A tall, straight-nosed Scotsman, Willis Andrew Stewart had two passions, the Confederacy, which he had served as a cavalryman under Gen. Bedford Forrest, and the Presbyterian Church. A zeal for religious freedom brought Stewart's parents to America, and that same spark brought him to the Texas frontier. The Stewarts came by train from Alabama, and they must have made a sight when they got off at the depot in Black Jack Grove, now Cumby. Willis and Nannie had brought with them Willis' mother, Martha Herman Stewart, their seven children and a couple of ex-slaves, Abraham and Chloe, who had chosen to remain with the Stewarts after they were freed. Willis and Nannie and their brood settled in Oakland in Hopkins County. There the farmer and his wife helped found the Oakland Cumberland Presbyterian Church.

Willis Andrew Stewart was born to Martha A. Herman and James William Stewart one year after their marriage on June 19, 1845. Soon after Willis Andrew's birth on June 20, 1846, James William Stewart died and Martha A. took Willis Andrew to live with her mother, Mrs. Mary Herman (father was Robert Herman). Their Post Office was listed as Center Star, Alabama in the 1860 Census.

The National Archives has one record of the Civil War service of Willis Andrew. This is a document indicating that as a volunteer he received no pay in the Eleventh Cavalry of Alabama, under General Bedford Forrest, at age 18.

From a copy of an old newpaper article bearing neither date nor name of paper.

----------------------------------------------------------------------

W. A. Stewart

Another tired and worn out veteran of the Army of the Southern Confederacy has answered his last roll call and has joined his immortal comrades of these trying days in that better land beyond the skies.

One by one they are passing away and swiftly the gaps are widening in that "thin gray line" that in the memorable days of the sixties formed the most gallant band of fighters the world has ever produced and where memories will be honored as long as time shall last.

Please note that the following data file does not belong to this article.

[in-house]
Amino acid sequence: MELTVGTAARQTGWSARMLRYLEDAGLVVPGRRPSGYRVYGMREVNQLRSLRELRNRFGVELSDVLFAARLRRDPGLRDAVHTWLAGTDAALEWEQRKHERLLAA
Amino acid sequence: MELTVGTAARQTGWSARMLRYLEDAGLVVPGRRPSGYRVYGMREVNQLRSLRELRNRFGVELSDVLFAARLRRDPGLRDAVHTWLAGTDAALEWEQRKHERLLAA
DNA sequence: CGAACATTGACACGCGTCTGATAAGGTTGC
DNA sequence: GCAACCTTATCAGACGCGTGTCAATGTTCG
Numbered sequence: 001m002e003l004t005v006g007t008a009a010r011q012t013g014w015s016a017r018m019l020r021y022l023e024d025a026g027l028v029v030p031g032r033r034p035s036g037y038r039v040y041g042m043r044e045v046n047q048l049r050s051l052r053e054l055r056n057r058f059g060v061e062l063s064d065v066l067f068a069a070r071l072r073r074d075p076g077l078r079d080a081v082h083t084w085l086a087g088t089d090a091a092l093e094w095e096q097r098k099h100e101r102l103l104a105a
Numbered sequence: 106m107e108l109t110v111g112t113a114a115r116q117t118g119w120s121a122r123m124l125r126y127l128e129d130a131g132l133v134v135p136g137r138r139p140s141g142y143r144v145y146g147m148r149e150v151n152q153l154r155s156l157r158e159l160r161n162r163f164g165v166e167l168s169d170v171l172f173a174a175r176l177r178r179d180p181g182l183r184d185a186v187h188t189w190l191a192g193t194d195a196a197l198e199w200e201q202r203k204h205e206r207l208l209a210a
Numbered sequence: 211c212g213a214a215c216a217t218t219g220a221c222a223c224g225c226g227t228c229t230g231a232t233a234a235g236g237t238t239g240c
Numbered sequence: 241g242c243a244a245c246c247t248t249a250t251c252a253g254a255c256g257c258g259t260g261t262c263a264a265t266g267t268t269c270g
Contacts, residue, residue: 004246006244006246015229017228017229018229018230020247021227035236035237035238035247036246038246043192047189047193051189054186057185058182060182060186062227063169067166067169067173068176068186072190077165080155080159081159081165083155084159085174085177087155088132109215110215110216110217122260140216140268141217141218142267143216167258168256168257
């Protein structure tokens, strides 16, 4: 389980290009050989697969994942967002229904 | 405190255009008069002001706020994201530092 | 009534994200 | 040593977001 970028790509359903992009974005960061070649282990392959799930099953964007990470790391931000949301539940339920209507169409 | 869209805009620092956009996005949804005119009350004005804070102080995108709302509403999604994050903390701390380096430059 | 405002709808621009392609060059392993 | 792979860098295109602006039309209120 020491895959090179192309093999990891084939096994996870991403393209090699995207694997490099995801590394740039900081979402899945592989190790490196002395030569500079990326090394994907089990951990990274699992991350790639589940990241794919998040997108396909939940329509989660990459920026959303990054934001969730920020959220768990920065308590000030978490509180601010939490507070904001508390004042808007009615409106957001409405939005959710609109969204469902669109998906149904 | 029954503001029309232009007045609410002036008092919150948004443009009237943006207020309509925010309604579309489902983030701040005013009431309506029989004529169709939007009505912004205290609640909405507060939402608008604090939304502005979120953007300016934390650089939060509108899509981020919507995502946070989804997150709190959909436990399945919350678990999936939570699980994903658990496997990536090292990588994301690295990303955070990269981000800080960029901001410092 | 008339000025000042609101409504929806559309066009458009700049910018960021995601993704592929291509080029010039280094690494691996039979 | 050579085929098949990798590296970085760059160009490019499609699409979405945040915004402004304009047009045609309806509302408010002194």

Mr. Stewart was born in Lauderdale County, Alabama, June 20, 1846 of honest, industrious, farmer parentage. His early life was spent in working on the farm during the summer and in winter attending such rural schools, as the meager education facilities of that day afforded.

At the tender age of 18, when his beloved Southland was in the throes of that great fratricidal strife and was bending every effort in defense of Southern rights and Southern homes, he placed his life at the service of his country and became a member of Company K of the 11th Alabama Cavalry, which was an integral part of that unconquerable fighting legion commanded by that dashing cavalier, General Bedford Forest and for the balance of the war an active participant and followed the Stars and Bars in many fierce and sanguinary charges on the field of battle and often actually lived in the saddle for days at a time, freezing, hungry and sleepy, but ever eager to rush forward at the bugle's blare.